The authors of “Integration or Fragmentation of Health Care? Examining Policies and Politics in a Belgian Case Study” present a fresh perspective on the inertia of integrated care (IC) implementation. They conclude that the decisive power in Belgium is fragmented and undermines efforts towards IC. As researchers in integrated heart failure (HF) care and active primary healthcare professionals, we comment on the three policy initiatives evaluated by Martens et al from a bottom-up perspective. A Learning Healthcare Network (LHCN) was established September 2019 to overcome fragmentation, the lack of evaluation and capacity loss each time a pilot project ends. This commentary wishes to illustrate that a LHCN can be a powerful meso-level mechanism to engage in alignment work and to overcome macro-level barriers that are often difficult to change and not supportive of IC.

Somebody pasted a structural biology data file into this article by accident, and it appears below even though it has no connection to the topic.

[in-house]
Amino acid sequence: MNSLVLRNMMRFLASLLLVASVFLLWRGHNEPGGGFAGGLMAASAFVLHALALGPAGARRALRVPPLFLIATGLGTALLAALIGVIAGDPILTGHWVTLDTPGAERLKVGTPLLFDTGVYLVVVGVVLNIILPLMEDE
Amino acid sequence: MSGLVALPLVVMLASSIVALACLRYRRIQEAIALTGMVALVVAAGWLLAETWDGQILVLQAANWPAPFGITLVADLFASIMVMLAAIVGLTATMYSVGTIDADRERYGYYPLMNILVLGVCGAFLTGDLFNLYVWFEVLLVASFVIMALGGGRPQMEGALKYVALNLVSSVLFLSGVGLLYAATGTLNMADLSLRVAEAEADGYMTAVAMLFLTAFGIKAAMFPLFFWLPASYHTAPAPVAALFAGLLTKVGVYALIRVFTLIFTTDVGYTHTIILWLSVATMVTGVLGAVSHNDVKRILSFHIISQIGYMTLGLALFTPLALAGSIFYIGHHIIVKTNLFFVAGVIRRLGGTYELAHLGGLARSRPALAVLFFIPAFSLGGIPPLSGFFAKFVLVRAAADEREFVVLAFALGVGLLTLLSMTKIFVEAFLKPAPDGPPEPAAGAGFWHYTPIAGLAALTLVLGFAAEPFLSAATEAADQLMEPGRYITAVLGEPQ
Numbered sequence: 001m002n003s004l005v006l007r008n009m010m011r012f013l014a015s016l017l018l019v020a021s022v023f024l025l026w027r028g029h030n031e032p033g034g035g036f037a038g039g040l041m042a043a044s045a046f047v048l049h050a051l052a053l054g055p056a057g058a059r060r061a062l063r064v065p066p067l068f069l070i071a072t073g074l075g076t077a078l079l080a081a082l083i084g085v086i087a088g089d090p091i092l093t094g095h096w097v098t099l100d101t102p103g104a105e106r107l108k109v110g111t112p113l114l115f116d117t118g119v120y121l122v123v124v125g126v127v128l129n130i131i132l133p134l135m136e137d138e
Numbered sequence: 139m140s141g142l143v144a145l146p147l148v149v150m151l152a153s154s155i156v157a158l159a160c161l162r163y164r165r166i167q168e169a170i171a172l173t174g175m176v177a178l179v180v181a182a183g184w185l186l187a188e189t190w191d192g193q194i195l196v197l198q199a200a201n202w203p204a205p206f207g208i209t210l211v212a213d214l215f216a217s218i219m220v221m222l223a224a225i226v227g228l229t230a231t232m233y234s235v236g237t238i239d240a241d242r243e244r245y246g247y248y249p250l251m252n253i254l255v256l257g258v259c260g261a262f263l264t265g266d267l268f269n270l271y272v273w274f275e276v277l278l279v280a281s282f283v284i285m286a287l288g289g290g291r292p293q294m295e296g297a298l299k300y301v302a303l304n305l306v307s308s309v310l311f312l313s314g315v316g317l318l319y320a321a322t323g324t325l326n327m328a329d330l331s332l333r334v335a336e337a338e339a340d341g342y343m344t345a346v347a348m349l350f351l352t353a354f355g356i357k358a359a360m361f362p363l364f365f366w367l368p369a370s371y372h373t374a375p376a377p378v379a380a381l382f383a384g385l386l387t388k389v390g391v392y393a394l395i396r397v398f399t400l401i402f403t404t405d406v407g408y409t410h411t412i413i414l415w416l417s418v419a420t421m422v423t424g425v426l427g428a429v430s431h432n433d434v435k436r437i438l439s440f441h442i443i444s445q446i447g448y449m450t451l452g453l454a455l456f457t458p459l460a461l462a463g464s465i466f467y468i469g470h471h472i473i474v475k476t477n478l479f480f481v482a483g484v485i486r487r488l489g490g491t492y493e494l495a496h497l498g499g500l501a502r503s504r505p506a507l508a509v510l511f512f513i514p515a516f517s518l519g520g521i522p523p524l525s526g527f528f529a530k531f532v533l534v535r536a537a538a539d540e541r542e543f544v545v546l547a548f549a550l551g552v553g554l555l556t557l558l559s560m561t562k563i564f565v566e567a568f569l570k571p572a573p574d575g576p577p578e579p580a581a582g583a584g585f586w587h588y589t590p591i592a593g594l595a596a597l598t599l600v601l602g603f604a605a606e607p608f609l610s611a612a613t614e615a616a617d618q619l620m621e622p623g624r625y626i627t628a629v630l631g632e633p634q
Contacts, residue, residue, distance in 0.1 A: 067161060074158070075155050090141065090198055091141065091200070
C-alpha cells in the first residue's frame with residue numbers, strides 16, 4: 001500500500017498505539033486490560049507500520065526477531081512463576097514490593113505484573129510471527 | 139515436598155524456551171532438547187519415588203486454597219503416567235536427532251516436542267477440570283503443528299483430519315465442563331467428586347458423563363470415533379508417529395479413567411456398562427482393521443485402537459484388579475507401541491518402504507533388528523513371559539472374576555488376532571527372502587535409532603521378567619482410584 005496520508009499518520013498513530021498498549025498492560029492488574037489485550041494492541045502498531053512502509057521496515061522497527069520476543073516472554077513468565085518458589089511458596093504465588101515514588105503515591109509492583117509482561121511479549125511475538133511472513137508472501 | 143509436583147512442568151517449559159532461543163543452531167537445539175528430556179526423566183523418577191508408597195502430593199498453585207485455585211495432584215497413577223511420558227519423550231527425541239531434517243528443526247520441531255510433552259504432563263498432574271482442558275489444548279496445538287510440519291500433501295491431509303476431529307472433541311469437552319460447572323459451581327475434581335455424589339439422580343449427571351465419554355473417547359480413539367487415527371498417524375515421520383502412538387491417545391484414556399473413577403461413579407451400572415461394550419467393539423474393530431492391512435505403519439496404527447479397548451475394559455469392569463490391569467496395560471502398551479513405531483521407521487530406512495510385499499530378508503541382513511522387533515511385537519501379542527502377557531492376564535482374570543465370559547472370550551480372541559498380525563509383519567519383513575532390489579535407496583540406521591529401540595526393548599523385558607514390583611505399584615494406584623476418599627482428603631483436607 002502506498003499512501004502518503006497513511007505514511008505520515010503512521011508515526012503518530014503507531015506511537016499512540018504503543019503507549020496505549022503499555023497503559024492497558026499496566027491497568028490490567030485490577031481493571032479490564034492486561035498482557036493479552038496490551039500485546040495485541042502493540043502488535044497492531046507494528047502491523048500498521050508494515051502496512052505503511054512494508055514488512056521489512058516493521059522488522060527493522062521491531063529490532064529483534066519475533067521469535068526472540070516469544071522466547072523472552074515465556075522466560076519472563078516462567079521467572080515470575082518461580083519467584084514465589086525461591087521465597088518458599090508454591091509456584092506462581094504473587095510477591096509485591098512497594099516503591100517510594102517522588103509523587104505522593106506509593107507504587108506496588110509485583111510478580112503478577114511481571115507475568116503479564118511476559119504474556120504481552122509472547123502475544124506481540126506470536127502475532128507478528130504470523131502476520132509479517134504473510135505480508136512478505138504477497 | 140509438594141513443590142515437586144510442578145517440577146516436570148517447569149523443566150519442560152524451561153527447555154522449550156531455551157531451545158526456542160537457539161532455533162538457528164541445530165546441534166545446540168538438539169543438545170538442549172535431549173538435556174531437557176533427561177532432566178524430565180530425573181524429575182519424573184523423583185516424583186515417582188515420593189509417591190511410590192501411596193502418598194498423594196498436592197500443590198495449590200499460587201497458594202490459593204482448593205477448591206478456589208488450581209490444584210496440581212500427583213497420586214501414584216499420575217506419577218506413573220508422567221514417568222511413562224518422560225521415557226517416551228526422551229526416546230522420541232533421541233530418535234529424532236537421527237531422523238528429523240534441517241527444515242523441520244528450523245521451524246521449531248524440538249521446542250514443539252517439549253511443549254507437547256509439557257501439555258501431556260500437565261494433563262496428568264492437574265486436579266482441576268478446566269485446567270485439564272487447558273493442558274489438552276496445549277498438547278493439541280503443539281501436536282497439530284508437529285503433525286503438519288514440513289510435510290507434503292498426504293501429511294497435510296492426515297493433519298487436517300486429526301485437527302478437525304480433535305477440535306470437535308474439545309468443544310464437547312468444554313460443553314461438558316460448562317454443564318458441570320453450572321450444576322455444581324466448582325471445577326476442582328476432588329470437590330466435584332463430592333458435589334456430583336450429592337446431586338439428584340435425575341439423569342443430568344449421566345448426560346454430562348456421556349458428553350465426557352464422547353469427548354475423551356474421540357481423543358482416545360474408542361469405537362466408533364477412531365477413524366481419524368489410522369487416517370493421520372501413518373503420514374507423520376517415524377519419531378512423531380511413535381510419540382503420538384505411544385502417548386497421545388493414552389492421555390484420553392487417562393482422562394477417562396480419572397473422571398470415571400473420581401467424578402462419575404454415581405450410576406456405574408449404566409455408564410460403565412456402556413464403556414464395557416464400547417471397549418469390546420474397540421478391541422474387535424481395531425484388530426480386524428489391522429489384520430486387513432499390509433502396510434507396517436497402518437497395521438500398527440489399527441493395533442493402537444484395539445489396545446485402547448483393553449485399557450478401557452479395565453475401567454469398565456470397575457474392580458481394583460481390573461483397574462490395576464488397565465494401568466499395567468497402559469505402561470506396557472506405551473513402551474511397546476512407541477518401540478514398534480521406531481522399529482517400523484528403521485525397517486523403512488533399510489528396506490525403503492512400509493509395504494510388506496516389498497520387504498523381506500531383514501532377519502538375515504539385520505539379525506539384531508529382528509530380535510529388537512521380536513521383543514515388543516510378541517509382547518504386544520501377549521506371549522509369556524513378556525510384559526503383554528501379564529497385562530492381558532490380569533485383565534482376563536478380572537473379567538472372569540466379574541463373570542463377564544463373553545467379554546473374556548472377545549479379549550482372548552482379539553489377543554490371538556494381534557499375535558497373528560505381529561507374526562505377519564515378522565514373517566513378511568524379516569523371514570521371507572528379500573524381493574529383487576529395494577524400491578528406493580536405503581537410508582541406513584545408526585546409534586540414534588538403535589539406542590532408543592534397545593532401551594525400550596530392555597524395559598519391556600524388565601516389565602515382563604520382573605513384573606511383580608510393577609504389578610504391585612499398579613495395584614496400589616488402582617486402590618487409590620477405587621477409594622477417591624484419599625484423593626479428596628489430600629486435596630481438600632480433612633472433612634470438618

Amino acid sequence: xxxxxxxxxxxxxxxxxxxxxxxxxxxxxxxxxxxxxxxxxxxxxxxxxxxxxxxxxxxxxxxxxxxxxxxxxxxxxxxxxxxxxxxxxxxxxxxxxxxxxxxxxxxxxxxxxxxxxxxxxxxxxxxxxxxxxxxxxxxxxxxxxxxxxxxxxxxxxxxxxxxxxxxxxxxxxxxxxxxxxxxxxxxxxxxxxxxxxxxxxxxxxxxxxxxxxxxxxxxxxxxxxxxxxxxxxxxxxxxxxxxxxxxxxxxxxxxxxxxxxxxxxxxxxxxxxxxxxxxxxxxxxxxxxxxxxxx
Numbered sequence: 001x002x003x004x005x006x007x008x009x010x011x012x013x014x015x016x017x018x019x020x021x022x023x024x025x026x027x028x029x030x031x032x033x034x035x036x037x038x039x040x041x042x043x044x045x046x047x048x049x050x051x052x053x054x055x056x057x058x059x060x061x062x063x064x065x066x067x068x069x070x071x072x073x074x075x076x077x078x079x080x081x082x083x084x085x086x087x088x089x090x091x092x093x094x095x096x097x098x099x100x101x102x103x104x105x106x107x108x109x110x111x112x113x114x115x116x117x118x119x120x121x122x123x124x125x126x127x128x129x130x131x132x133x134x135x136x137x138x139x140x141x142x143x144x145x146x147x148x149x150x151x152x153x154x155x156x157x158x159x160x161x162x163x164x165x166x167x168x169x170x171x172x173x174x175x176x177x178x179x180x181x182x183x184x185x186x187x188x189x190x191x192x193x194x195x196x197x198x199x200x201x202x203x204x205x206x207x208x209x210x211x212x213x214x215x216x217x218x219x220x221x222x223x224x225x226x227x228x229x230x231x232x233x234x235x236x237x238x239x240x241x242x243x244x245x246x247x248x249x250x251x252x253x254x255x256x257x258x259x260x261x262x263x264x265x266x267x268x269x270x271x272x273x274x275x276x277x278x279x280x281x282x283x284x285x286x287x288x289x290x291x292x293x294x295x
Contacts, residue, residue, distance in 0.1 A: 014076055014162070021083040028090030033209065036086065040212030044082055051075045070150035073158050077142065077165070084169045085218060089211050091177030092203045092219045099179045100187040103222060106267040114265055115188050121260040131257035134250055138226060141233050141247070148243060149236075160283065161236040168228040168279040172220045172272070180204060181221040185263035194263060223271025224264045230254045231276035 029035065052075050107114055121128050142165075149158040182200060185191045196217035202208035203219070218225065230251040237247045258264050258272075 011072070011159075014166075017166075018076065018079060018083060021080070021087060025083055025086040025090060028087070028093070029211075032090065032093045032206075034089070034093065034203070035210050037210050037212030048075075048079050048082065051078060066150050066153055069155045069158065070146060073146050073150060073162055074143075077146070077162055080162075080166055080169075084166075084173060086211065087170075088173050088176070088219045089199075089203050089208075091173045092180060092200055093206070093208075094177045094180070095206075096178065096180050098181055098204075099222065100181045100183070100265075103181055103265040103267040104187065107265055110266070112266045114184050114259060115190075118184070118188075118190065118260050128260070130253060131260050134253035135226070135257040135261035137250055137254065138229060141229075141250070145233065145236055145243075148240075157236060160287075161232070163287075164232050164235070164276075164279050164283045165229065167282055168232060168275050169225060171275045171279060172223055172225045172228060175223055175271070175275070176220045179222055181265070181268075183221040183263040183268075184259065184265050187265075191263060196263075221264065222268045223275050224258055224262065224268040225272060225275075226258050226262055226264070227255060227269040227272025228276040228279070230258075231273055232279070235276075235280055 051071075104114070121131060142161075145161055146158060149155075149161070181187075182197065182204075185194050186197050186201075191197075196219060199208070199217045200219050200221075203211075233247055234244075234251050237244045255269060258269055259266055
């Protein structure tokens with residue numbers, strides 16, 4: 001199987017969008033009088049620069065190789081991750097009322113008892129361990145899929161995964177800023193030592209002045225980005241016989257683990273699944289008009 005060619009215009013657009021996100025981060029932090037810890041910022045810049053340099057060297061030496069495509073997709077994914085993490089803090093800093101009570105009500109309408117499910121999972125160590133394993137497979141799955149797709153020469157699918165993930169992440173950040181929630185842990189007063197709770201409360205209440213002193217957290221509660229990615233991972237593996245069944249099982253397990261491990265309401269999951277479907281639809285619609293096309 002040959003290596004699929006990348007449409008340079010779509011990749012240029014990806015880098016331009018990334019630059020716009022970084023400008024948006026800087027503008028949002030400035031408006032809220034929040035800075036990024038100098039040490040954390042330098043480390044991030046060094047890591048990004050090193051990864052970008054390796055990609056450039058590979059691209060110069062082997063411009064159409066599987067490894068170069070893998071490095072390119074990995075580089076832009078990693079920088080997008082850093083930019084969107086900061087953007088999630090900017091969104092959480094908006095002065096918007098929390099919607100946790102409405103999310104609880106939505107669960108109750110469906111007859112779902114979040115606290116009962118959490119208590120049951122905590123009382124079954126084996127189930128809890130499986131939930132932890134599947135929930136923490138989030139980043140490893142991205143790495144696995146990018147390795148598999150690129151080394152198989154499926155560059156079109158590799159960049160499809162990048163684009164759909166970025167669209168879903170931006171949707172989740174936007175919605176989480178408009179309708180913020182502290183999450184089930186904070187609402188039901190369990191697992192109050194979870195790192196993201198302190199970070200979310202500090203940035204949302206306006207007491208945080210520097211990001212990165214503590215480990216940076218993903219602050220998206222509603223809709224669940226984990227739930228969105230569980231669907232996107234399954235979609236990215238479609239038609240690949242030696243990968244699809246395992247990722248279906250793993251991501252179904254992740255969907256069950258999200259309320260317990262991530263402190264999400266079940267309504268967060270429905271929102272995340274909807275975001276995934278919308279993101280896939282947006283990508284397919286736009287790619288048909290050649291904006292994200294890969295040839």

Belgium; Chronic Care; Health Policy Reform; Integrated Care; Learning Healthcare Network; Macro-Level Barriers.
© 2022 The Author(s); Published by Kerman University of Medical Sciences This is an open-access article distributed under the terms of the Creative Commons Attribution License (http://creativecommons.org/licenses/by/4.0), which permits unrestricted use, distribution, and reproduction in any medium, provided the original work is properly cited.